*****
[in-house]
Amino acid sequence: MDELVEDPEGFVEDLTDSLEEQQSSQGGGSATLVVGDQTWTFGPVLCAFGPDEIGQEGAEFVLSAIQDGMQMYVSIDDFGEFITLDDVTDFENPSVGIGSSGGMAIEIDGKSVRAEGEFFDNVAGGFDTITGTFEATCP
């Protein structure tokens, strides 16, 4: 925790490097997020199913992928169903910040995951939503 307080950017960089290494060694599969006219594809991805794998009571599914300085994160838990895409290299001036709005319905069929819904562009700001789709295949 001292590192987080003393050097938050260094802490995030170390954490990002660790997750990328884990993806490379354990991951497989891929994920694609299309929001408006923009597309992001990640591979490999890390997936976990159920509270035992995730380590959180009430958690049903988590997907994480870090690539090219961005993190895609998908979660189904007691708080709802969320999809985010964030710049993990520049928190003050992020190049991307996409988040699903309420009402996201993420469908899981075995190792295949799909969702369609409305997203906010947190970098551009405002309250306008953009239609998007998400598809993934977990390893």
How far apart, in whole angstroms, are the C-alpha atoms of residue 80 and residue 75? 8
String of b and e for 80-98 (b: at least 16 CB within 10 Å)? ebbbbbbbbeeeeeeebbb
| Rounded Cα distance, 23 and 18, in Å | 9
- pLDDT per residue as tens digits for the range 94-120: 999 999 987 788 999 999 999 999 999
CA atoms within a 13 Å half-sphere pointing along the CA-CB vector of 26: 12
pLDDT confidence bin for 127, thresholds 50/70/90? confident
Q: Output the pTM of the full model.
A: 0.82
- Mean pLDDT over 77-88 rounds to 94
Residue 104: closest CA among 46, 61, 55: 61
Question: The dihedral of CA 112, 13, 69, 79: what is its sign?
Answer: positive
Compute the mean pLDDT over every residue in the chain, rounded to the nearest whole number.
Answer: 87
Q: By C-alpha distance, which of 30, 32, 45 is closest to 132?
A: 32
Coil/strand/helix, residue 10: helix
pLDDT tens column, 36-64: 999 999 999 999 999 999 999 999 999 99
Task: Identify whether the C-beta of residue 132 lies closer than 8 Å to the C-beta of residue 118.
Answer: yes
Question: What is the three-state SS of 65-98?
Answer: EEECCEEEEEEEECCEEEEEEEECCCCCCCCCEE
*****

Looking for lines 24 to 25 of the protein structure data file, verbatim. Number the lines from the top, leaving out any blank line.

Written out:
Question: What is the three-state SS of 65-98?
Answer: EEECCEEEEEEEECCEEEEEEEECCCCCCCCCEE